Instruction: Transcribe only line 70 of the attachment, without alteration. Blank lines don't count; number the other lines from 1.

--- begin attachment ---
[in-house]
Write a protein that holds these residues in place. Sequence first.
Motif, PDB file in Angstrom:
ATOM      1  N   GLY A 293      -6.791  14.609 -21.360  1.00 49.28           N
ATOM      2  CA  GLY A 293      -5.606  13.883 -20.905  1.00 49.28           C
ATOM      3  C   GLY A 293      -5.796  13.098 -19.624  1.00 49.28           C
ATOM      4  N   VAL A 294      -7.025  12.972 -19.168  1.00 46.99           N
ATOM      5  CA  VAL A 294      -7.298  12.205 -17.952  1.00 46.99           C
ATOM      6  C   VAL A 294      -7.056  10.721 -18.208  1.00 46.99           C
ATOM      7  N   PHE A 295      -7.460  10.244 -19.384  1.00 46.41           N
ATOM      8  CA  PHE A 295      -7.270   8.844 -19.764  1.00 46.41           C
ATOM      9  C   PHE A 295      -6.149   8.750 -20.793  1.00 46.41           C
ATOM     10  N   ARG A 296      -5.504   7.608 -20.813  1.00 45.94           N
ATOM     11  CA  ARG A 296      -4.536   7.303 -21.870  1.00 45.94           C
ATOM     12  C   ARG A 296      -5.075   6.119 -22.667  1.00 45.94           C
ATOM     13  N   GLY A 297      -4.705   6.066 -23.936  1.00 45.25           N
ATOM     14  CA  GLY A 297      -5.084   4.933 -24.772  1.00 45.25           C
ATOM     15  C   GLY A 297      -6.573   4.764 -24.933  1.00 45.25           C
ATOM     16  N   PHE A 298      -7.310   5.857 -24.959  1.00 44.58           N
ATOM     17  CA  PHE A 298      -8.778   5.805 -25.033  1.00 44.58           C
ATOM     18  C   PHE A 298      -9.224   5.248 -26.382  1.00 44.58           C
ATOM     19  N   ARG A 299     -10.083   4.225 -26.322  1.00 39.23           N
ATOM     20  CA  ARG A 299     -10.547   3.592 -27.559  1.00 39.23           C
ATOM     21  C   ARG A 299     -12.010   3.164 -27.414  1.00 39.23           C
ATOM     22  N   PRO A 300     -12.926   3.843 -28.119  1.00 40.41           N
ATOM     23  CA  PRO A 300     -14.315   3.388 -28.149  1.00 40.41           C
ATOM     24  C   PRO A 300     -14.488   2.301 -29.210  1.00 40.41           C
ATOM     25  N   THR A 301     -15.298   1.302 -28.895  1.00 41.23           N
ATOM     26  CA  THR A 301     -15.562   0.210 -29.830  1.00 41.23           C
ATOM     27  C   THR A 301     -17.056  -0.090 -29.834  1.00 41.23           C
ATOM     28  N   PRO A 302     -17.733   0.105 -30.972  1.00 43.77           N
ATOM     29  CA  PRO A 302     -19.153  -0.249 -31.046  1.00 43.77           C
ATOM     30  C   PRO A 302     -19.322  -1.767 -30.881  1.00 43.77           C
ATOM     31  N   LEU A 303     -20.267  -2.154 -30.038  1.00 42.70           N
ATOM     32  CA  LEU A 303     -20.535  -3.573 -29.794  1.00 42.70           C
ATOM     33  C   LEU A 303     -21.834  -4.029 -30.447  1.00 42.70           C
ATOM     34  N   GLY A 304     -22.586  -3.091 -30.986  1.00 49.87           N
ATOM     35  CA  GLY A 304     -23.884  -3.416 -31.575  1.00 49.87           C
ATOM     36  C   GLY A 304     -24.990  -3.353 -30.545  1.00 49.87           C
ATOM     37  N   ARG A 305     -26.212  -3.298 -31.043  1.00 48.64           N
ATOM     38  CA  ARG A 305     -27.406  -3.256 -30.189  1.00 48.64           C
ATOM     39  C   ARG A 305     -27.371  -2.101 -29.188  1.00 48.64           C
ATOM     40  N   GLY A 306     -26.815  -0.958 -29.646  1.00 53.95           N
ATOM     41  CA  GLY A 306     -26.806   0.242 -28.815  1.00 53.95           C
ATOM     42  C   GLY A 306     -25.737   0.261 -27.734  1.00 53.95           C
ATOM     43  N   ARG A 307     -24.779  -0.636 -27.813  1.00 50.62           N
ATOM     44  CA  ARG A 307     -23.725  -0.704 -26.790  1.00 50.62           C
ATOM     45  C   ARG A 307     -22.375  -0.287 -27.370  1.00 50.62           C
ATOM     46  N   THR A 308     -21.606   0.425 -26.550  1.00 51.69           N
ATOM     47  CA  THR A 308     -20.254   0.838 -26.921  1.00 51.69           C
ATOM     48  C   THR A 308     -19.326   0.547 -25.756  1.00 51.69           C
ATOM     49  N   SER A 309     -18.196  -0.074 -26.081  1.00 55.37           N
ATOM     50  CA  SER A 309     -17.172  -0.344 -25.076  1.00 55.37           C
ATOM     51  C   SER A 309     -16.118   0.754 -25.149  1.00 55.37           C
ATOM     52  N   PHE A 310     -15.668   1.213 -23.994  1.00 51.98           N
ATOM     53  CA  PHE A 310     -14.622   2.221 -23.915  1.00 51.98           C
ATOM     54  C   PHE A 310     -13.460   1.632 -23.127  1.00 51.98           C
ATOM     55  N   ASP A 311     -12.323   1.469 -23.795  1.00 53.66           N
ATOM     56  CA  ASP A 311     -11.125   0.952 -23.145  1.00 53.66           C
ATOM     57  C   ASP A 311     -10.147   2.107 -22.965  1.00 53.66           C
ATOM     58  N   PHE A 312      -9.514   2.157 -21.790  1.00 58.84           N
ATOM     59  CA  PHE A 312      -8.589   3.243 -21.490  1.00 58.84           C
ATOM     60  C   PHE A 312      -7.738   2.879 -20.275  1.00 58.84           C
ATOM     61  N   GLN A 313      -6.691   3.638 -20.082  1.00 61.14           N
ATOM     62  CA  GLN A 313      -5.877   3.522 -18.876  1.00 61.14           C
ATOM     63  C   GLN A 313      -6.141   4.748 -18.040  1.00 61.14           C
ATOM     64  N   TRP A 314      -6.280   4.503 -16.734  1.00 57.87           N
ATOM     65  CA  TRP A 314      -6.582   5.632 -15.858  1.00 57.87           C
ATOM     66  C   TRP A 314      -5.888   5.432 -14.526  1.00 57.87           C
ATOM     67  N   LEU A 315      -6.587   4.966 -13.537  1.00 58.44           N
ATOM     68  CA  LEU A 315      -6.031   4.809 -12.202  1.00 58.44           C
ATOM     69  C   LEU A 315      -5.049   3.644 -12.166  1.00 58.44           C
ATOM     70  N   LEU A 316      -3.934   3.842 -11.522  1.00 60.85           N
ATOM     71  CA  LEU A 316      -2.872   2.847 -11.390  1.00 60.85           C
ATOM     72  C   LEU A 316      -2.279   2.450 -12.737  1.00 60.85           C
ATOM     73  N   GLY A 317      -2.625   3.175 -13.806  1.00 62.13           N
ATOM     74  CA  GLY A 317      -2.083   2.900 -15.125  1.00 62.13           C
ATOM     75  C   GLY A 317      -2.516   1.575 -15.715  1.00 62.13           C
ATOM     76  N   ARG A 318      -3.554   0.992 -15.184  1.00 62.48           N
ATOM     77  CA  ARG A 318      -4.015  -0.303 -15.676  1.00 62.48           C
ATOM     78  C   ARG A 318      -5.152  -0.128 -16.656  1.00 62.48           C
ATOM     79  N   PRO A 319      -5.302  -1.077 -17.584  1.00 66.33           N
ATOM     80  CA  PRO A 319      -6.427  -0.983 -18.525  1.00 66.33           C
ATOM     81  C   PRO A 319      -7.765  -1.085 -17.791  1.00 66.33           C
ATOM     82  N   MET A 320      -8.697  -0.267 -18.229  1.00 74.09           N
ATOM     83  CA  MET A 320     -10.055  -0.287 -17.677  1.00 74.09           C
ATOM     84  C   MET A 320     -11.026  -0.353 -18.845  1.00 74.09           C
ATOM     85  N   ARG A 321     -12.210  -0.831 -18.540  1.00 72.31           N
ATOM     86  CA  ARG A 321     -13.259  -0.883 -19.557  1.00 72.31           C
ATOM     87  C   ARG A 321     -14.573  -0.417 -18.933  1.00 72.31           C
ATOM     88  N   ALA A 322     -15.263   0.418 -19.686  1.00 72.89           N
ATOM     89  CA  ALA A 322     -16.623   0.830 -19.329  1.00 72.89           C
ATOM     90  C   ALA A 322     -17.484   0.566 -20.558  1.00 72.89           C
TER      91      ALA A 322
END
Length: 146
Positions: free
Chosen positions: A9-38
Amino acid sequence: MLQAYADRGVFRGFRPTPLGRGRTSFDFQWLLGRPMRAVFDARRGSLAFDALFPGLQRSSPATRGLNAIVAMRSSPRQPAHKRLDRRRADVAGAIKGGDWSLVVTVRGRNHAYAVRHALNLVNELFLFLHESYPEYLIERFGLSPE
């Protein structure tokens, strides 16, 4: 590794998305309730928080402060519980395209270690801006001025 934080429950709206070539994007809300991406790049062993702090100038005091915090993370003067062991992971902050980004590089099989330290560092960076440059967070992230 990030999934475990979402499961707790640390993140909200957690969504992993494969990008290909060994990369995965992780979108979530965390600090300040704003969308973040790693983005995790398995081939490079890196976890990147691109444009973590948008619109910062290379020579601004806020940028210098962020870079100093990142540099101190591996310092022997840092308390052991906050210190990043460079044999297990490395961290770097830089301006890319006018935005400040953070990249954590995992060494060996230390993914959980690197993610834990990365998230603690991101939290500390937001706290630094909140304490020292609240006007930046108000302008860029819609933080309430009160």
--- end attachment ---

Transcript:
ATOM     67  N   LEU A 315      -6.587   4.966 -13.537  1.00 58.44           N